This is part of a series. I recommend starting with the first installment.
In the first part of this series we laid out the dilemma that Hosea presents that suggests God sought revenge for an act that he both commanded and praised.
And the Lord said to him, “Call his name Jezreel, for in just a little while I will punish the house of Jehu for the blood of Jezreel, and I will put an end to the kingdom of the house of Israel. (Hosea 1:4)
In the second and third part of the series, we examined ways some commentators attempt to get out of this dilemma and how they do not work.
In this installment we will examine another, related premise, as to how the dilemma may be solved.
The third related premise is that Jehu exceeded his mandate when he killed the worshippers of Baal.
After Jehu has managed to secure his claim to the throne of Israel through the killing of Jehoram and others in the line of Ahab, he begins to wipe out the Baal cult (2 Kings 10:18-28).
The way Jehu went about this itself was rooted in deceit. He called together the people and claimed that he would follow Baal even more than Ahab had. In gathering the Baal worshippers together, under the pretense of a major sacrifice, as well as the threat of death for missing it, Jehu has them all slaughtered.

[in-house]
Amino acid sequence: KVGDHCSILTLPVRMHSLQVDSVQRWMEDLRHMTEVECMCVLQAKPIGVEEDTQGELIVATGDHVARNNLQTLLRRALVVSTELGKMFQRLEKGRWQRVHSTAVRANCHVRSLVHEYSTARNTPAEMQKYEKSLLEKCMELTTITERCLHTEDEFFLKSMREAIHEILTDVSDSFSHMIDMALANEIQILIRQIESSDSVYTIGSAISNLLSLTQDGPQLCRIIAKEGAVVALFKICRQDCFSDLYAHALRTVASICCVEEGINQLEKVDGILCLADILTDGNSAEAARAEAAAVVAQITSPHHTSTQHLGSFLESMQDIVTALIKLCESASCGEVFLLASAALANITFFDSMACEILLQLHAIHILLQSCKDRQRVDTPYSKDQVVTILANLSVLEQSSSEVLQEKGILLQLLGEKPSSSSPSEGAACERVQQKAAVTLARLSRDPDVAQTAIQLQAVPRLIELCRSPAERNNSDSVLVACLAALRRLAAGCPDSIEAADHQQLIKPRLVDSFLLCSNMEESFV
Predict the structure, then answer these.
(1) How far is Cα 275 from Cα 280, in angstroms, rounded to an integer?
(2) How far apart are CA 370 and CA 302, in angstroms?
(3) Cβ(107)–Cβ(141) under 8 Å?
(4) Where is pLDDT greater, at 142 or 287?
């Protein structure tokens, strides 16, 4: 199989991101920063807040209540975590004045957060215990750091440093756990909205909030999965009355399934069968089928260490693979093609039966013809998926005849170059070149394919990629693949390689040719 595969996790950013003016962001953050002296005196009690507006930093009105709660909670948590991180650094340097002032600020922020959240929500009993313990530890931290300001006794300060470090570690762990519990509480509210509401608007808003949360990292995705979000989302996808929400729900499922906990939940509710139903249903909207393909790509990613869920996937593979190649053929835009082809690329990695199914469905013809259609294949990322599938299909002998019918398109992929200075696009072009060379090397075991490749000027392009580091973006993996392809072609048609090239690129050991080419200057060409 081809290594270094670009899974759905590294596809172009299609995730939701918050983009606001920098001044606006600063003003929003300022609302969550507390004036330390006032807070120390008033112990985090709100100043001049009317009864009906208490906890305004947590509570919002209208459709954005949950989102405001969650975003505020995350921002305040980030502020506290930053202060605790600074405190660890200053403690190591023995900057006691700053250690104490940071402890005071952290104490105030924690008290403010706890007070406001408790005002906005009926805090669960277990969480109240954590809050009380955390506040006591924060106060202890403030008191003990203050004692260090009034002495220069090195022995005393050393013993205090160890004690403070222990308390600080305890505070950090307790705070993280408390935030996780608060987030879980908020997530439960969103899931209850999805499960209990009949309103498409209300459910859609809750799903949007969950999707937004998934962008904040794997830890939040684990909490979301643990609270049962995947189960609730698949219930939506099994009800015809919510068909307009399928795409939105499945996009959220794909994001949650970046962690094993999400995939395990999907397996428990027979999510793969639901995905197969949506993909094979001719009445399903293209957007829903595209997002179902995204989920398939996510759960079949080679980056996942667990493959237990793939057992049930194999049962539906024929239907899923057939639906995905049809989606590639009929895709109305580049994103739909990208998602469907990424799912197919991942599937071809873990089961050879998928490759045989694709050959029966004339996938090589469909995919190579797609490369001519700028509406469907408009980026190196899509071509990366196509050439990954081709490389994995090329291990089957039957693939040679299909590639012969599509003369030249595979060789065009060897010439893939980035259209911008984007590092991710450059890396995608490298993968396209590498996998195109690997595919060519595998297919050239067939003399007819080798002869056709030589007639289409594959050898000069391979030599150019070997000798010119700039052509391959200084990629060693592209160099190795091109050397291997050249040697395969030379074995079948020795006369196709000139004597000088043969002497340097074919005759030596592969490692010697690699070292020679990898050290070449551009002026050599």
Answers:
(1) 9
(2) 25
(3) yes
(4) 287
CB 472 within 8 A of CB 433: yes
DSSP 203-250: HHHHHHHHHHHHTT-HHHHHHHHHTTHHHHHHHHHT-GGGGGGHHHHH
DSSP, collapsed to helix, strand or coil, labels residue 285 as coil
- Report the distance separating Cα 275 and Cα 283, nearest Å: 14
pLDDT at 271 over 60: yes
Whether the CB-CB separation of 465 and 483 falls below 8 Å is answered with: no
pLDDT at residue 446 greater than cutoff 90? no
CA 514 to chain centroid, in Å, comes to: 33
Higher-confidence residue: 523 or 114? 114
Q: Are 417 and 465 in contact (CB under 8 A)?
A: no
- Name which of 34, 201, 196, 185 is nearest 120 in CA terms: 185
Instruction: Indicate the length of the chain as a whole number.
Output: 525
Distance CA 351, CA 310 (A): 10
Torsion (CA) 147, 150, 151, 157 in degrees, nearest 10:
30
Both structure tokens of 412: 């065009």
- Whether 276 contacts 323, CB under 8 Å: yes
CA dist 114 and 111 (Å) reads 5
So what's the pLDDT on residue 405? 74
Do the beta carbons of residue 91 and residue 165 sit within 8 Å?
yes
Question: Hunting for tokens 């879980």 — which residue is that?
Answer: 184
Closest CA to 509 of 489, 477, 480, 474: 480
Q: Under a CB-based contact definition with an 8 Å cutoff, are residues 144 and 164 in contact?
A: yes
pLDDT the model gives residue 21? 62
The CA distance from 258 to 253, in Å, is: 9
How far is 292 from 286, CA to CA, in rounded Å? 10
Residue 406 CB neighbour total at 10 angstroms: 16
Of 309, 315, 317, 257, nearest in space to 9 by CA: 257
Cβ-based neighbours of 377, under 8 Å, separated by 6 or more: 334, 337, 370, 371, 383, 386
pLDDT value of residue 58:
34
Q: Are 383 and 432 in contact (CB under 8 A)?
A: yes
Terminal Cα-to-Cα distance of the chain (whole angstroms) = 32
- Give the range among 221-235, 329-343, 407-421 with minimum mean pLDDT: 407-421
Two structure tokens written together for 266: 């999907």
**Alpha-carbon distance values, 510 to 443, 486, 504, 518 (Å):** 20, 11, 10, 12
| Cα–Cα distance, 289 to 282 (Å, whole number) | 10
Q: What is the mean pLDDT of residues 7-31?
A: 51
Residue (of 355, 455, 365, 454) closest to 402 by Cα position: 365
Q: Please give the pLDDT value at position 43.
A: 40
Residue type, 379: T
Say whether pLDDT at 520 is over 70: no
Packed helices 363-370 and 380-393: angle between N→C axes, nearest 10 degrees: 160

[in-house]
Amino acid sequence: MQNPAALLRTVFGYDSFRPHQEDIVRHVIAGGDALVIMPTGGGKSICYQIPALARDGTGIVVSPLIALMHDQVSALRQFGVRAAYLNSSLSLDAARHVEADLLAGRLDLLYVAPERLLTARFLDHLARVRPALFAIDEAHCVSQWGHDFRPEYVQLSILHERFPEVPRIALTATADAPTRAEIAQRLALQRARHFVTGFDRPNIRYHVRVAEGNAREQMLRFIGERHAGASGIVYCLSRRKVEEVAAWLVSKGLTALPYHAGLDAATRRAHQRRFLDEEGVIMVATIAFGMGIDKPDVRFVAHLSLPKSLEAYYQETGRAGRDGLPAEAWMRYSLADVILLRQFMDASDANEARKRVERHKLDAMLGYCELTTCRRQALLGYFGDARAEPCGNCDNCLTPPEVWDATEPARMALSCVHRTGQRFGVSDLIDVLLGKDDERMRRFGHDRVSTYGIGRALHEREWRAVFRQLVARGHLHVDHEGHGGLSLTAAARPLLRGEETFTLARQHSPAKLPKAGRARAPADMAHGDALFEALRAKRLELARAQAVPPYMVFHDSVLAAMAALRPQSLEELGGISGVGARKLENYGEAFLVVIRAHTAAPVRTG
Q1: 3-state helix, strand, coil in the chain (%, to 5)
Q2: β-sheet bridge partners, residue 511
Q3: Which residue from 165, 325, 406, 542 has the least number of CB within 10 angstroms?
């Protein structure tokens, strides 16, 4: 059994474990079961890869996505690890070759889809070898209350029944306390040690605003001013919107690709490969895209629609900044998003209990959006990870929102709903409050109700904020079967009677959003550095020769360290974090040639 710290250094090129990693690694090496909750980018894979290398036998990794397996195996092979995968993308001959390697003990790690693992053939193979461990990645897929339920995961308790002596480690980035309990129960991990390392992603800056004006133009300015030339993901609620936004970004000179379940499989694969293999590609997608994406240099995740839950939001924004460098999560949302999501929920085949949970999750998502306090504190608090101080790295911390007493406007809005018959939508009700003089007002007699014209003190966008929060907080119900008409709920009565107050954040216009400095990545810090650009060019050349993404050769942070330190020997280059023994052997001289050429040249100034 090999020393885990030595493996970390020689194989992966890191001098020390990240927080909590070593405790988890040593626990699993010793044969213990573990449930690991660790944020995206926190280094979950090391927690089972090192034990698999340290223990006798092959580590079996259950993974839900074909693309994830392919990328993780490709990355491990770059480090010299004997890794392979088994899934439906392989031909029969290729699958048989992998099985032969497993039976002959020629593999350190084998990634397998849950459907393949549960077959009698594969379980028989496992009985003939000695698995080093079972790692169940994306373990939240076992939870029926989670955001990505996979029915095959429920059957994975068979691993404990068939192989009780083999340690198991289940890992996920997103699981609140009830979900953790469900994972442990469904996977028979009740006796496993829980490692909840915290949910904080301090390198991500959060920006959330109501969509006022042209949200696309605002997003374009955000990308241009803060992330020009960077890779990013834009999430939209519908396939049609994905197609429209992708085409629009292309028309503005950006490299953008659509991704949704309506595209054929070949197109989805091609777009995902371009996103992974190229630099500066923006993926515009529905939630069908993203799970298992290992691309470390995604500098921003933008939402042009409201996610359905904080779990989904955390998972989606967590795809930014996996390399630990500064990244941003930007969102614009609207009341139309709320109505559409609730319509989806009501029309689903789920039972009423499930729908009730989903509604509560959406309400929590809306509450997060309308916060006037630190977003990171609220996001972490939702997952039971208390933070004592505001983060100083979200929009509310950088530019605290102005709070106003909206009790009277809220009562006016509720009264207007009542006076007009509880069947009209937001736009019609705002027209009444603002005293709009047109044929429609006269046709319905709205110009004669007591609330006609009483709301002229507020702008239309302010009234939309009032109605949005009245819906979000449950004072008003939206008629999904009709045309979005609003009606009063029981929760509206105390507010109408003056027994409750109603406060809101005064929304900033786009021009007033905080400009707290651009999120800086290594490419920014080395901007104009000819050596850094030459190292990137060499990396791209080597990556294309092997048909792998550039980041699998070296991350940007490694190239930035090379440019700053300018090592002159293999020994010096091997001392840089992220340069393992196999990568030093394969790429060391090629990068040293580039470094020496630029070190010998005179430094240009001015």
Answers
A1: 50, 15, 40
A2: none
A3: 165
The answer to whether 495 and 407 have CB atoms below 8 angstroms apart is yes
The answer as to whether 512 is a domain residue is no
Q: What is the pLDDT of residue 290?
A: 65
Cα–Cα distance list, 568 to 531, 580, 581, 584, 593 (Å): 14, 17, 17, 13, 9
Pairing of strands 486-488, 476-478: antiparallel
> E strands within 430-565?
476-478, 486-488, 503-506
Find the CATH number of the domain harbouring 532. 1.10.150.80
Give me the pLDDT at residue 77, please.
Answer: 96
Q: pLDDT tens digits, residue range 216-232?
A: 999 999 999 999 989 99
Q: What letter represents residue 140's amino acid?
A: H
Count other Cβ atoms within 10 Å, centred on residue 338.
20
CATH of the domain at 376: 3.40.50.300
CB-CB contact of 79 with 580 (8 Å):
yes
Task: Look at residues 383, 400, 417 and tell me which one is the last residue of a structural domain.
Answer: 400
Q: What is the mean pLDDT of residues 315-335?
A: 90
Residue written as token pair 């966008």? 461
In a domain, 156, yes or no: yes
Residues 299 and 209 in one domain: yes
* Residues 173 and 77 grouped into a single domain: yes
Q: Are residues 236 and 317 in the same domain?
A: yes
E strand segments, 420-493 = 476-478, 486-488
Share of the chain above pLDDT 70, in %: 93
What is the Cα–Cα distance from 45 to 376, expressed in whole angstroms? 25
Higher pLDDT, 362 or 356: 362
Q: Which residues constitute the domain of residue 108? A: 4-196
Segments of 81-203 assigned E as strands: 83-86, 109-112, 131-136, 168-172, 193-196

The wiping out of the Baal worshipers is cited in an AiG article (emphasis added) as part of the solution to the dilemma presented in Hosea (link).
Jehu also slaughtered a large gathering of Baal worshipers and essentially “destroyed Baal from Israel” (2 Kings 10:28). Yet, as far as we know, God never commanded Jehu to do this, even though the Lord despised the worship of Baal. Jehu was never commended for this action either.
In Gill’s exposition of the 2 Kings passage, he argues that the ends were valid but that the means were not (link).
… because thou hast done well in executing that which is right in mine eyes: in rooting out the idolatry of Baal, which was right in the sight of God, and was materially a good work, though it might not be done from a good principle, nor every step taken in doing it justifiable
In this article, from Ligonier, we find the author agreeing that Jehu was right in wiping out the worshipers of Baal (link).Continue reading